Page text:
Fire-rated glass reaches new heights
The windows and glass balconies on the 32 floors on the south façade of Sapphire Towers in San Diego are fire rated.
Sapphire Towers, San Diego
Anyone who has ever shopped for real estate knows the golden rule: location, location, location. So when Principal-in-Charge Doug Austin and Senior Designer and Associate Pablo Collin of AVRP Studios Inc., San Diego, began the initial design for Sapphire Towers, a luxury high-rise condominium located along downtown San Diego’s waterfront, their vision was clear. Together with Centurion Partners, Newport Beach, Calif., the property’s developer, they imagined a modern, clean and transparent building with large glazed areas and deep balconies facing the ocean.
This vision was met with a challenge: the building’s south facing elevation was in close proximity to the adjacent property. “In order to provide panoramic views of the bay and waterfront, every façade had to have maximum possible window openings," says Tomasz Anielski, managing principal, AVRP. “Due to code regulations, the south façade either had to be solid, which was contrary to our vision, or have openings with a minimum fire protection of 45 minutes.” This included the windows and glass balconies on all 32 floors. Anielski was tasked with code analysis, technical documentation and product selection, basically, taking the vision that AVRP and Centurion imagined and making it possible to be built.
Before, fire-rated glass, brick or drywall would have been used to meet this requirement. With the invention of technologically advanced clear glazing able to withstand temperatures of more than 1,600 degrees Fahrenheit, designers can now meet the aesthetic and safety requirements of their projects when sacrificing one for the other is not an option. Providing this “best of both worlds” solution was the case for Sapphire Towers.
Meeting the building team’s design and fire code requirements was only the beginning. Because of the large amount of fire-rated glazing used for the building’s envelope, the system also had to meet additional performance requirements that are generally required for curtain wall applications. ... read more
With glass figuring prominently in the building’s exterior, keeping a uniform look was important to designers. The fire-rated glazing on the south-facing elevation had to match the non-rated glazing systems used throughout the building. Starline Windows Inc., Everett, Wash., the glazing contractor, looked to Safti First, San Francisco, to engineer a system that met the uniform design demands and performance requirements of the project, says Jim Green, U.S. sales manager, Starline.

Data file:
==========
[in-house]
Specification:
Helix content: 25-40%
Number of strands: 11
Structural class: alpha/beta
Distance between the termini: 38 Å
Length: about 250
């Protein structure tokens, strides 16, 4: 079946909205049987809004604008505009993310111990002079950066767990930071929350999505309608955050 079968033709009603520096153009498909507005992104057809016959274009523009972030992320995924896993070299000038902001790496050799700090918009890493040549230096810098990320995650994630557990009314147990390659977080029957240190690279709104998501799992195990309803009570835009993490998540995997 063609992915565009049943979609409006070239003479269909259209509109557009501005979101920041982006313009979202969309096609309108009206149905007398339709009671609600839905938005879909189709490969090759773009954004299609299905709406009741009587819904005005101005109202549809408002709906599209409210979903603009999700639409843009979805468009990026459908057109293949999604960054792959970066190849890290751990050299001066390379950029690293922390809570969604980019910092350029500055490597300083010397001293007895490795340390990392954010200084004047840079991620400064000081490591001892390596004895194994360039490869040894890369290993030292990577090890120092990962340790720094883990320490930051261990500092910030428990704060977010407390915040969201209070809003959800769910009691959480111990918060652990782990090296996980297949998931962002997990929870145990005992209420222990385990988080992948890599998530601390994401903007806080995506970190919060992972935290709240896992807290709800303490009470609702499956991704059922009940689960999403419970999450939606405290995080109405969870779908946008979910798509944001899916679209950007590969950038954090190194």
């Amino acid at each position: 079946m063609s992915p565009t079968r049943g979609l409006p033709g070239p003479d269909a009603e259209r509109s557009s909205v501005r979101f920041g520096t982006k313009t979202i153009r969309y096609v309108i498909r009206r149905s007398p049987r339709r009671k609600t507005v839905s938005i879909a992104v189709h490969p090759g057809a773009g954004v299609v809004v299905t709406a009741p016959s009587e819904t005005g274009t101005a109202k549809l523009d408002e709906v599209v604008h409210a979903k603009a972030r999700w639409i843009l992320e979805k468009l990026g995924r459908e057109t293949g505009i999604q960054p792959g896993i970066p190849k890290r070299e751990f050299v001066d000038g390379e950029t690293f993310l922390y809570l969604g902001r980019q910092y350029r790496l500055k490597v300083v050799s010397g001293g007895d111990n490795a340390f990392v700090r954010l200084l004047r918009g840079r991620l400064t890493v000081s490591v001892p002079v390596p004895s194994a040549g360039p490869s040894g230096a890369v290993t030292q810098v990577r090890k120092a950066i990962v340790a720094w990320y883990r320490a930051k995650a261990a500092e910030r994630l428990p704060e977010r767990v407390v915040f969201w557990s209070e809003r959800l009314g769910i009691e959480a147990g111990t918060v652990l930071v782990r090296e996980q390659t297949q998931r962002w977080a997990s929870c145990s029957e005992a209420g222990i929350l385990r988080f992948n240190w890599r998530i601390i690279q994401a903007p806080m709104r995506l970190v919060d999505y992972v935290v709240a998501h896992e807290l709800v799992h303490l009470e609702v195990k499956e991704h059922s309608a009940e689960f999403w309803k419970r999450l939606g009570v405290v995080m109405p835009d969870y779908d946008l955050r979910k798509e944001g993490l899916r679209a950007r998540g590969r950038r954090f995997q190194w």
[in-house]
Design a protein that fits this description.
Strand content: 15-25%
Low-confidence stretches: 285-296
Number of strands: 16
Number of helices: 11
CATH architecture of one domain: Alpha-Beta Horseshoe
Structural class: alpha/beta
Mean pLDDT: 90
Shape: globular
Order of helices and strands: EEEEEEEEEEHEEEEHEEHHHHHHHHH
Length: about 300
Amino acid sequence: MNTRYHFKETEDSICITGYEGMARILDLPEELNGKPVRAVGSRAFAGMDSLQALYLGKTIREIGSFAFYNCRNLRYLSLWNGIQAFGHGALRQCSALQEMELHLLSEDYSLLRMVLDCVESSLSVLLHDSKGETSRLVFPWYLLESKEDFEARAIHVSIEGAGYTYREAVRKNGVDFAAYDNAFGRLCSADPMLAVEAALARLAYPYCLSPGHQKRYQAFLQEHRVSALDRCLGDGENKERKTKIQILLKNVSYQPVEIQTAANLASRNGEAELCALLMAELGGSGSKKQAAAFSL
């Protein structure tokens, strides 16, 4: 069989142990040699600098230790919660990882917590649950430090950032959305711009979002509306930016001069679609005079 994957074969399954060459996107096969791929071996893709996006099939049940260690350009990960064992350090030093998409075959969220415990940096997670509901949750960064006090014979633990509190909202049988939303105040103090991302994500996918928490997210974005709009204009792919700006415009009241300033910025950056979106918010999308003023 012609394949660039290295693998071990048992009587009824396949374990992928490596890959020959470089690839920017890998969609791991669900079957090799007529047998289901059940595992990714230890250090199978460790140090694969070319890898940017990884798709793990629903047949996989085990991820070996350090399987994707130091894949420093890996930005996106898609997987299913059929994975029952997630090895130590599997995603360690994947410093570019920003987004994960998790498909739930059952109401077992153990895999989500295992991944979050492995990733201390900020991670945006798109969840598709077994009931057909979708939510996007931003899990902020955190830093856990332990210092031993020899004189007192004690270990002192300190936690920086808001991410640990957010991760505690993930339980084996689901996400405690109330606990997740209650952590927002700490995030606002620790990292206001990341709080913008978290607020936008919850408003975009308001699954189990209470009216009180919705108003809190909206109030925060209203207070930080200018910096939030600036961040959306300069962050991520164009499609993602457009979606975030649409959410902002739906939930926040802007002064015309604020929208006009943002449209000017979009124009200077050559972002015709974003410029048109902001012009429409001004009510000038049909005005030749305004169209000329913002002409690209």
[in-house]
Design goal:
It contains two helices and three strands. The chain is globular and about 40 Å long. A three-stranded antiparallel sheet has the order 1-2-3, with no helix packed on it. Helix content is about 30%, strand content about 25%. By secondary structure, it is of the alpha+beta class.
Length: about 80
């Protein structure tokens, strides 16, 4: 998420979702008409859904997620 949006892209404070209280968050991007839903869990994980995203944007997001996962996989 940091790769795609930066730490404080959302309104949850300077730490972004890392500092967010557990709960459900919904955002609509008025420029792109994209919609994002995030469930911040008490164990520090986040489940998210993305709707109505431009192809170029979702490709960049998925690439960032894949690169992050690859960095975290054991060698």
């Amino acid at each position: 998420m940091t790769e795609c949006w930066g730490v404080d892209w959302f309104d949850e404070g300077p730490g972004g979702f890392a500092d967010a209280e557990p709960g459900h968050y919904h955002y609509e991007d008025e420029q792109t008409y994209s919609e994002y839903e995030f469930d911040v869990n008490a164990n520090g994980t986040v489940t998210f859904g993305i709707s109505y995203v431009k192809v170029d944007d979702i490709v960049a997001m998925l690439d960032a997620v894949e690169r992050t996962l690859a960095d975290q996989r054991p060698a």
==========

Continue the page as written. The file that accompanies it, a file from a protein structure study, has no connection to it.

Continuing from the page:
Safti First supplied a complete insulating assembly of ¼-inch Versalux Blue glass from Zeledyne, Tulsa, for the outboard lite with a 3/4-inch lite of Superlite II-XL 45 minute fire-rated glass with a low-E coating on the No. 3 surface. The assembly uses Saftifire GPX framing with aluminum covers that feature a silver powder coat finish on the exterior and Akzo Nobel white finish in the interior. The Versalux Blue on the outboard lite and the powder coat finish on the frames matched the rest of the non-rated glazing systems used in the building, making everything appear seamless.
This fire-rated assembly was used for 182 openings on all 32 floors on the south-facing elevation, totaling 10,000 square feet of fire-rated glazing. The opening dimensions range from 48 inches by 90 inches to 82 inches by 130 inches.
Fire-rated glass and framing systems can either be shipped to the job site assembled or knocked down, depending on the preference of the glazing contractor. In this case, Starline asked Safti First to deliver the majority of the fire-rated glazing systems as modular units, because wanted more control and less risk during the installation, Green says.
Swinerton Builders, San Diego, also preferred modular systems for this project. “As the general contractor, we had to coordinate the delivery and material storage of over 50 trades,” says Leonard Hayden, senior project manager, Swinerton Builders. “Having most of the fire-rated glazing systems assembled and ready to go into the openings eliminated having a lot of parts and pieces held at the job site.” Safti First worked with Swinerton Builders on a tight shipping schedule to make sure that the glass was installed in the opening as soon as it arrived on the job site.
Starline contracted the installation to Capital Glazing Contractors, Oceanside, Calif. The majority of the fire-rated glazing systems used for the punched openings were shop-glazed in Safti First’s factory in Merced, Calif. The bigger openings used in the higher floors were shipped knocked-down and glazed onsite. For the modular units, Capital Glazing used a machine called the Barbaric to place the units in the openings, which proved to be helpful since shop-glazed assemblies weigh more if the glass and frames were supplied separately. “The installation went smoothly,” says Jason Purin, owner, Capital Glazing. “We did not encounter any problems glazing the bigger openings on site, but I do believe that having the majority of the windows shop-glazed and supplied as modular units saved 50 percent of the installation time.”
Sapphire Towers opened its doors to residents in the last week of November 2008.